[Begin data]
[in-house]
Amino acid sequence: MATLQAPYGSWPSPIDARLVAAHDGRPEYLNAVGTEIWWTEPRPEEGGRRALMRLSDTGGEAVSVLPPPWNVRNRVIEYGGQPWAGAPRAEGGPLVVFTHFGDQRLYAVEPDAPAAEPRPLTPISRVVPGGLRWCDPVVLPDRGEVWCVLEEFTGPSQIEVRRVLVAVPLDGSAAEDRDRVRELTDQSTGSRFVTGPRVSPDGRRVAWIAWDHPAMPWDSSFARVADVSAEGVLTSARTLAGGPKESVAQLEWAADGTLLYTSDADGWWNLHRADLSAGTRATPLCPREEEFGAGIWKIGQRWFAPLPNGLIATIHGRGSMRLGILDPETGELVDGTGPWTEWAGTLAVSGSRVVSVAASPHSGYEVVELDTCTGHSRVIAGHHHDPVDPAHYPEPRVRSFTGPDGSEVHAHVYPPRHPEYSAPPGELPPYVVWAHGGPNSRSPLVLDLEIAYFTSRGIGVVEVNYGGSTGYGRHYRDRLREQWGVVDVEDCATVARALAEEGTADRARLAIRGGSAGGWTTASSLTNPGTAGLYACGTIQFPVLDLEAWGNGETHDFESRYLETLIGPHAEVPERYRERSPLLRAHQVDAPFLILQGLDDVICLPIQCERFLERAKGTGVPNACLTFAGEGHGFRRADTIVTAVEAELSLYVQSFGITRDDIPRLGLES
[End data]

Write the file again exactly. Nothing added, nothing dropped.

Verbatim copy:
[in-house]
Amino acid sequence: MATLQAPYGSWPSPIDARLVAAHDGRPEYLNAVGTEIWWTEPRPEEGGRRALMRLSDTGGEAVSVLPPPWNVRNRVIEYGGQPWAGAPRAEGGPLVVFTHFGDQRLYAVEPDAPAAEPRPLTPISRVVPGGLRWCDPVVLPDRGEVWCVLEEFTGPSQIEVRRVLVAVPLDGSAAEDRDRVRELTDQSTGSRFVTGPRVSPDGRRVAWIAWDHPAMPWDSSFARVADVSAEGVLTSARTLAGGPKESVAQLEWAADGTLLYTSDADGWWNLHRADLSAGTRATPLCPREEEFGAGIWKIGQRWFAPLPNGLIATIHGRGSMRLGILDPETGELVDGTGPWTEWAGTLAVSGSRVVSVAASPHSGYEVVELDTCTGHSRVIAGHHHDPVDPAHYPEPRVRSFTGPDGSEVHAHVYPPRHPEYSAPPGELPPYVVWAHGGPNSRSPLVLDLEIAYFTSRGIGVVEVNYGGSTGYGRHYRDRLREQWGVVDVEDCATVARALAEEGTADRARLAIRGGSAGGWTTASSLTNPGTAGLYACGTIQFPVLDLEAWGNGETHDFESRYLETLIGPHAEVPERYRERSPLLRAHQVDAPFLILQGLDDVICLPIQCERFLERAKGTGVPNACLTFAGEGHGFRRADTIVTAVEAELSLYVQSFGITRDDIPRLGLES